Merchandising should stop customers in their tracks.
Your merchandising efforts should build a view into the fun world of powersports. Otherwise, customers will just walk on by. Check out the box on this page to get a rough estimate of how your own P&A department measures up; then read on to learn how to improve your score.
Setting Up Views
Look at Bass Pro Shops and consider the term category killer. It means that in any of their outdoor topics they have it all — every accessory to enjoy the hobby. Employees know their products and how to use them, regardless if they actually use them. Customers have no need to go to another outdoor store. This one-stop shopping tends to keep them coming back satisfied. They may come into the store for one item and leave with many more.
Seasons change and inventory shifts. You can't carry every item in every supplier's catalog all the time. Smart managers prepare for seasons early and choose several price points, styles, models, etc., for that season.
Think like a rider. Take a look around your dealership and consider the "visual window" you create. Is it complete? Provide what the consumers want, not just what you personally like. If you are primarily a dirt enthusiast, learn what street riders like and need, and vice versa.
Every view should be good to breathtaking. The first impression looking into any accessory department or subdepartment should be that it's visually pleasing and clutter-free. Every area should include a focal point. Use the wall or a tiered table at the entrance to the area from the walkway. A combination of both would be even better.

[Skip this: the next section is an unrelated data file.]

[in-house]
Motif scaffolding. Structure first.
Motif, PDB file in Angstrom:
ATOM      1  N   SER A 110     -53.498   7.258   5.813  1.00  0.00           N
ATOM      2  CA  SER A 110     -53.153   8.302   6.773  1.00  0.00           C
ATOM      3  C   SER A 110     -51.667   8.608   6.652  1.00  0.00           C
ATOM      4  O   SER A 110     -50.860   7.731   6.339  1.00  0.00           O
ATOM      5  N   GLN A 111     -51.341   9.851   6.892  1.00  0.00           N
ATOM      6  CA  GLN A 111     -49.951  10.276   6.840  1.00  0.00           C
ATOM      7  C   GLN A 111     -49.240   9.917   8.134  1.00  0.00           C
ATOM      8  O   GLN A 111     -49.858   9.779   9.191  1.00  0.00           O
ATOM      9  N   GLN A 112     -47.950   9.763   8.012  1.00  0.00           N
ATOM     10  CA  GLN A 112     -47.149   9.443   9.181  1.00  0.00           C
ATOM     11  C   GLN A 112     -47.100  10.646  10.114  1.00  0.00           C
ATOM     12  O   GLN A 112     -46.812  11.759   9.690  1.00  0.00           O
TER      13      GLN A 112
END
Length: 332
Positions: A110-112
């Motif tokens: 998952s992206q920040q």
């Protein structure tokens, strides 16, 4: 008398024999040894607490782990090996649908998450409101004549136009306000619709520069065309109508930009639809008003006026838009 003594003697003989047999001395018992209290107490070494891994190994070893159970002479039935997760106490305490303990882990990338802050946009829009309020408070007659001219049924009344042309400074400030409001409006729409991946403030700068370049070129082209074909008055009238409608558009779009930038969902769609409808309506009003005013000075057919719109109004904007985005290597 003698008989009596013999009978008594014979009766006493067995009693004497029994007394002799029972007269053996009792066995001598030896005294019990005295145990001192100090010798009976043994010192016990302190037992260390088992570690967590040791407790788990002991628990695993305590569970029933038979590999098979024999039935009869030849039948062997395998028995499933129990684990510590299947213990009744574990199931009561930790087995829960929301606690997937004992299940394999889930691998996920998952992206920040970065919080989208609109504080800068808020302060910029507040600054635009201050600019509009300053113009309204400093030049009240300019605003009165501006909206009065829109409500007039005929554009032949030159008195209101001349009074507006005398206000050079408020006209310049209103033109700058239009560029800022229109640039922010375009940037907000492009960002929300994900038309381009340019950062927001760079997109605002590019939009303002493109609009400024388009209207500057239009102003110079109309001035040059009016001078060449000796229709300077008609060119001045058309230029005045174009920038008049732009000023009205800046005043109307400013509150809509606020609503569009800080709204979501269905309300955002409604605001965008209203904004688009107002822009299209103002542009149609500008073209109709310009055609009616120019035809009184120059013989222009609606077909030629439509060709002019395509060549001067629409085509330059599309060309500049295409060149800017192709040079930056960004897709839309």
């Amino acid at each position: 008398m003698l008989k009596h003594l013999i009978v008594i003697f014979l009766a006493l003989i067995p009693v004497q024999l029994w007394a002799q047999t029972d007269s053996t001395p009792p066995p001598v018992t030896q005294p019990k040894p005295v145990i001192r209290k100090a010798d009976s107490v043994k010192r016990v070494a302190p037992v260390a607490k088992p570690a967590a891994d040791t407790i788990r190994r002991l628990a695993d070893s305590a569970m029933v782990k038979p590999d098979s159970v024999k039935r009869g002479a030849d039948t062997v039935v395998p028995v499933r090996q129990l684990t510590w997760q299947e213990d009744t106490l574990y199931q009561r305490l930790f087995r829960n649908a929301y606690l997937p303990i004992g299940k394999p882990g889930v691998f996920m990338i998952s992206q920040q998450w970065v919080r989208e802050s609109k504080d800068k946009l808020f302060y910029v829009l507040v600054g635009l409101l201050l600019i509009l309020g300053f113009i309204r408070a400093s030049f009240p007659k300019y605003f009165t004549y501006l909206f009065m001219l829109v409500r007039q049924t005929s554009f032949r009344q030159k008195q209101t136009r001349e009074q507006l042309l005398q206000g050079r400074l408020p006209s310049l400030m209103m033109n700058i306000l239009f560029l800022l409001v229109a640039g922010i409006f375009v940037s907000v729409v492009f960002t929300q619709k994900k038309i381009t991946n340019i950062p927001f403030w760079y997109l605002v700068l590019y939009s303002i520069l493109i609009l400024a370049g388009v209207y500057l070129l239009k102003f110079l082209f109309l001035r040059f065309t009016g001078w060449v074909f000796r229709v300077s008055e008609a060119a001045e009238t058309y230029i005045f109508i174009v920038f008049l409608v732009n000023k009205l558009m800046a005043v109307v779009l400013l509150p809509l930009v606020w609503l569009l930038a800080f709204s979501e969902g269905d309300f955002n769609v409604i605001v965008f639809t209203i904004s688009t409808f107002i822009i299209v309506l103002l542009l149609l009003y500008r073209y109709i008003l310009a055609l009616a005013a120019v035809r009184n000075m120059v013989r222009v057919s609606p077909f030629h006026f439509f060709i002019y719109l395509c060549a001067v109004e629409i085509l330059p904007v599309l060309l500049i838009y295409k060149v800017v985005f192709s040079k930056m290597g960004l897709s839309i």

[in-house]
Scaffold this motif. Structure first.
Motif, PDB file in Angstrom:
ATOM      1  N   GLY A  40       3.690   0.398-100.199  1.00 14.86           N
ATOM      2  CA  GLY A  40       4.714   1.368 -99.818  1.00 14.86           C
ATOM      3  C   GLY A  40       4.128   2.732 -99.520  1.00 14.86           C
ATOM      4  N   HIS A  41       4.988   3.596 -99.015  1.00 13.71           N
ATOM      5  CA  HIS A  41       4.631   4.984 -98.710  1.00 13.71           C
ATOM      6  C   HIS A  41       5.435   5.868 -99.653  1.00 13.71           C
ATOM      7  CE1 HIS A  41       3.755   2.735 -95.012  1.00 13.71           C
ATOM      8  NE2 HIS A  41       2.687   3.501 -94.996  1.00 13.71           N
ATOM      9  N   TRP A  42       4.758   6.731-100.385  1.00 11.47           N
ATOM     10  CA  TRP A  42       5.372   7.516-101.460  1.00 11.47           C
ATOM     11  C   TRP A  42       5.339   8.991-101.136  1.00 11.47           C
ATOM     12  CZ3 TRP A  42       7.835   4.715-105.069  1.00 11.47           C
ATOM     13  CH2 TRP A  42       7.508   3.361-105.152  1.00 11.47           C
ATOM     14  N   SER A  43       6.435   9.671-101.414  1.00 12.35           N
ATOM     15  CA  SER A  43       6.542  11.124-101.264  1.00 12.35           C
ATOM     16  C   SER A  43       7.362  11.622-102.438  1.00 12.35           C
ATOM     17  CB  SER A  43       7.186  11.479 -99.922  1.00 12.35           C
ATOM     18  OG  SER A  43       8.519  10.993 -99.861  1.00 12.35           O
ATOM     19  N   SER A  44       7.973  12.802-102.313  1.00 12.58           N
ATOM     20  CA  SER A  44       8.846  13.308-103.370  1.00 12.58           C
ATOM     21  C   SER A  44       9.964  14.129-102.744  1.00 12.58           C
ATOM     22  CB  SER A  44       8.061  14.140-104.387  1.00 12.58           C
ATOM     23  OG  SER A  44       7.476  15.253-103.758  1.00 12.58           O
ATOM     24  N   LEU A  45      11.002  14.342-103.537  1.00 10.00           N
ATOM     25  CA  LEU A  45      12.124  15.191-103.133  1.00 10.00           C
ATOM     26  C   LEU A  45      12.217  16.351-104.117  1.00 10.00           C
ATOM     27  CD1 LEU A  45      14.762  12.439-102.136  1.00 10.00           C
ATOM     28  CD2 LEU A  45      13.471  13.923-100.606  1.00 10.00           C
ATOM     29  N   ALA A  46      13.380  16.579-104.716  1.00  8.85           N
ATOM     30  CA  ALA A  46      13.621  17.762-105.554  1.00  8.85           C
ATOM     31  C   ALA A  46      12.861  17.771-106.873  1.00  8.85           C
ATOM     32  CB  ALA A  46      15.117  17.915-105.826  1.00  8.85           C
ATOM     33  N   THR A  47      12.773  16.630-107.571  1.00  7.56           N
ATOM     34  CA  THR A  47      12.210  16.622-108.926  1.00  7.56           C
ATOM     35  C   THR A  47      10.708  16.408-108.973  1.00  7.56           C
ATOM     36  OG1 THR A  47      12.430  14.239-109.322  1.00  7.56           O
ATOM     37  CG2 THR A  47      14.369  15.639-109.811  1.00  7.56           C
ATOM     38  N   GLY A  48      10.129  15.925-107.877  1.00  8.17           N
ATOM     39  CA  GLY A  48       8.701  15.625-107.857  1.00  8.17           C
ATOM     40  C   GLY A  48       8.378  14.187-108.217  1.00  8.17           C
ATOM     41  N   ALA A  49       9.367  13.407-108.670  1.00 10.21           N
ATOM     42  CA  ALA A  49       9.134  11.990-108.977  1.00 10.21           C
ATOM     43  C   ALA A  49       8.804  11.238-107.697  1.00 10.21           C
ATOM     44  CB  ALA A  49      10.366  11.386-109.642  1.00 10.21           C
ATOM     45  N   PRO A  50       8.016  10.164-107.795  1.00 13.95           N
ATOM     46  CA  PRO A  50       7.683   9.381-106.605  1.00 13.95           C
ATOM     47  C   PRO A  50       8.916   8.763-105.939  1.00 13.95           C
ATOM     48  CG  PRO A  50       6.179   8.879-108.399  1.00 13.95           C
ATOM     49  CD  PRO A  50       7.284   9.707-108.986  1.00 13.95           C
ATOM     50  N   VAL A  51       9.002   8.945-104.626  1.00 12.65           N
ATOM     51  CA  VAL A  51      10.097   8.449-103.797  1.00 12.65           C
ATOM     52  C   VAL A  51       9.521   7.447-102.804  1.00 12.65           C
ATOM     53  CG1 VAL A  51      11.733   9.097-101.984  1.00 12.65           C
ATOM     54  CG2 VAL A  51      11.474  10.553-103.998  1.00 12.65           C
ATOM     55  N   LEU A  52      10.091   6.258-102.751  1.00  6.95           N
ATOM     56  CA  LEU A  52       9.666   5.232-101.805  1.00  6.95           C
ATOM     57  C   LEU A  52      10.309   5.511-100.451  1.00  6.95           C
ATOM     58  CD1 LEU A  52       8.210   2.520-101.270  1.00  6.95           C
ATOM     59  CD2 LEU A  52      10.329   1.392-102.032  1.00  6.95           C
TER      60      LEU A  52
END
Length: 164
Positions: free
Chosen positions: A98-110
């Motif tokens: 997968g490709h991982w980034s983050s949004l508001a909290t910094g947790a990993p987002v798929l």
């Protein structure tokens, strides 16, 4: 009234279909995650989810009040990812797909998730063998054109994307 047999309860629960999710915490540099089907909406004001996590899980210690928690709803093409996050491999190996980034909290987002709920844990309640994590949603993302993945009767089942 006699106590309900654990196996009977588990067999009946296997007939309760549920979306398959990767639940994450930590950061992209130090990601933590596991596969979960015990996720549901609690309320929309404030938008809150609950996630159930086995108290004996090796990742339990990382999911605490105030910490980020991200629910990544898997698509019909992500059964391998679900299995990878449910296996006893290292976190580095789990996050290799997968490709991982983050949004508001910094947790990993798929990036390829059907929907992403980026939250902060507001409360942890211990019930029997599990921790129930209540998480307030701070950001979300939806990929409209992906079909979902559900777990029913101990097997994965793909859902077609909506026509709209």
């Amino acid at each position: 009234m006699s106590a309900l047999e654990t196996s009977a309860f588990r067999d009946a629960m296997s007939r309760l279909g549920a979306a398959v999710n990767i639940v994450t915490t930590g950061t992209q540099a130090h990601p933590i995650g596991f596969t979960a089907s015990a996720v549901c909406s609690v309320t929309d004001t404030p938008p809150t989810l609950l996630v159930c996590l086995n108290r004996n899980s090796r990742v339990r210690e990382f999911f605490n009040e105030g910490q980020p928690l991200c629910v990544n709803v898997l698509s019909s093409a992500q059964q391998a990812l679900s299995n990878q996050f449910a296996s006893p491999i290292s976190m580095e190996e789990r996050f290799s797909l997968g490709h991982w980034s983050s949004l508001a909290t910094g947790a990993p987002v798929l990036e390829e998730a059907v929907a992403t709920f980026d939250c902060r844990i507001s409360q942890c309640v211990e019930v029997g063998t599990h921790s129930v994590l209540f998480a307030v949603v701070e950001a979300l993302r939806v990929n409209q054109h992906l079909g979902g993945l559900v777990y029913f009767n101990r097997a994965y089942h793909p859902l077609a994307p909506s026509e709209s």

Set up wall systems so that new products overflow onto floor fixtures. Your fixturing should be of varying sizes and configurations, but matching in style to keep continuity. Organize the products so that they make shopping sense. Customers appreciate it when similar products are seen in close proximity, such as boots with socks, and helmets with helmet bags and visors. This approach also helps your sales associates upsell.
Put items of the same or coordinating colors together. It will look better and enable the customer to visualize complementary items as a full outfit.
Every month has some type of "retail holiday" event. During the patriotic months of May, June and July, for example, offer more red-white-and-blue products, including flags and flag holders.
The focal point of a tiered table is a great place to promote a holiday event. Keep the table fresh by stocking it with various coordinating products and signage such as "Great gifts for Dad." These techniques will keep your idea in focus for the customer.
Remember, you spend eight hours or more in your store each day, but your customer comes through with about a four-second attention span. Thus, your displays have to be billboard-quality. If clean, simple and clear, your displays can grab the customer's attention even as he races back to the parts counter.
Christy Michaud is a retail merchandising specialist at Tucker Rocky Distributing. E-mail questions and comments to Michaud via email@example.com.